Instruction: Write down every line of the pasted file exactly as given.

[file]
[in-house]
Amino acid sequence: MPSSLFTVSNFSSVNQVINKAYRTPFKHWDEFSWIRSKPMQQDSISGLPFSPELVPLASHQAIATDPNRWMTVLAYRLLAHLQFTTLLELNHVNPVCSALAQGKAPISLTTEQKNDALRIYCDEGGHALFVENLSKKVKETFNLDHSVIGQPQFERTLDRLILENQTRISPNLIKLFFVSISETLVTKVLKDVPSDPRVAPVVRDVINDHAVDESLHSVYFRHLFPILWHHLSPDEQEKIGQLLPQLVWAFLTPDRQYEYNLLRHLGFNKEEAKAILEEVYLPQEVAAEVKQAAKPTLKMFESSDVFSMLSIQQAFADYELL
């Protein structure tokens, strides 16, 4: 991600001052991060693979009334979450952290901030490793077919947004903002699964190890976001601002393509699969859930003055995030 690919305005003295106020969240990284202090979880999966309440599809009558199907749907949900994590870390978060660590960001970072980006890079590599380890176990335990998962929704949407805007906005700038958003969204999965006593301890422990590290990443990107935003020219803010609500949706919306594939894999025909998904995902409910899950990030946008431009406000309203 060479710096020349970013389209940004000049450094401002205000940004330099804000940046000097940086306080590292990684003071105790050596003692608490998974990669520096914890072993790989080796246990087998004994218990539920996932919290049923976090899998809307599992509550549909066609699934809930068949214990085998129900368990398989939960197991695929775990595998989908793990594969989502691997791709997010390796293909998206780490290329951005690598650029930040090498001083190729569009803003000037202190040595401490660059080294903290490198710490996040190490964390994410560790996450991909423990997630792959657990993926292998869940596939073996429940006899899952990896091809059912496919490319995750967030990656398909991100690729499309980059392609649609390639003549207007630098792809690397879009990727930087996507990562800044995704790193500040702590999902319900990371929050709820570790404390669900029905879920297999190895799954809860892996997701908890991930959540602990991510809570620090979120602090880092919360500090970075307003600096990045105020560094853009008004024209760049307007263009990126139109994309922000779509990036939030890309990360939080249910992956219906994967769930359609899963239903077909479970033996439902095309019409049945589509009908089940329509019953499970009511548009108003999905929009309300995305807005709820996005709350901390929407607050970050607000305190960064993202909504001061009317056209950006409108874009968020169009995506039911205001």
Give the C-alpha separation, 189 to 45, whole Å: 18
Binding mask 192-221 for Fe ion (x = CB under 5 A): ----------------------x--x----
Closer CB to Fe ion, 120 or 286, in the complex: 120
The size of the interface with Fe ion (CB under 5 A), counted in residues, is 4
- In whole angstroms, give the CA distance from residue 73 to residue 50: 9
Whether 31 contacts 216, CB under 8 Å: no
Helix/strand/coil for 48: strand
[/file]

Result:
[in-house]
Amino acid sequence: MPSSLFTVSNFSSVNQVINKAYRTPFKHWDEFSWIRSKPMQQDSISGLPFSPELVPLASHQAIATDPNRWMTVLAYRLLAHLQFTTLLELNHVNPVCSALAQGKAPISLTTEQKNDALRIYCDEGGHALFVENLSKKVKETFNLDHSVIGQPQFERTLDRLILENQTRISPNLIKLFFVSISETLVTKVLKDVPSDPRVAPVVRDVINDHAVDESLHSVYFRHLFPILWHHLSPDEQEKIGQLLPQLVWAFLTPDRQYEYNLLRHLGFNKEEAKAILEEVYLPQEVAAEVKQAAKPTLKMFESSDVFSMLSIQQAFADYELL
């Protein structure tokens, strides 16, 4: 991600001052991060693979009334979450952290901030490793077919947004903002699964190890976001601002393509699969859930003055995030 690919305005003295106020969240990284202090979880999966309440599809009558199907749907949900994590870390978060660590960001970072980006890079590599380890176990335990998962929704949407805007906005700038958003969204999965006593301890422990590290990443990107935003020219803010609500949706919306594939894999025909998904995902409910899950990030946008431009406000309203 060479710096020349970013389209940004000049450094401002205000940004330099804000940046000097940086306080590292990684003071105790050596003692608490998974990669520096914890072993790989080796246990087998004994218990539920996932919290049923976090899998809307599992509550549909066609699934809930068949214990085998129900368990398989939960197991695929775990595998989908793990594969989502691997791709997010390796293909998206780490290329951005690598650029930040090498001083190729569009803003000037202190040595401490660059080294903290490198710490996040190490964390994410560790996450991909423990997630792959657990993926292998869940596939073996429940006899899952990896091809059912496919490319995750967030990656398909991100690729499309980059392609649609390639003549207007630098792809690397879009990727930087996507990562800044995704790193500040702590999902319900990371929050709820570790404390669900029905879920297999190895799954809860892996997701908890991930959540602990991510809570620090979120602090880092919360500090970075307003600096990045105020560094853009008004024209760049307007263009990126139109994309922000779509990036939030890309990360939080249910992956219906994967769930359609899963239903077909479970033996439902095309019409049945589509009908089940329509019953499970009511548009108003999905929009309300995305807005709820996005709350901390929407607050970050607000305190960064993202909504001061009317056209950006409108874009968020169009995506039911205001």
Give the C-alpha separation, 189 to 45, whole Å: 18
Binding mask 192-221 for Fe ion (x = CB under 5 A): ----------------------x--x----
Closer CB to Fe ion, 120 or 286, in the complex: 120
The size of the interface with Fe ion (CB under 5 A), counted in residues, is 4
- In whole angstroms, give the CA distance from residue 73 to residue 50: 9
Whether 31 contacts 216, CB under 8 Å: no
Helix/strand/coil for 48: strand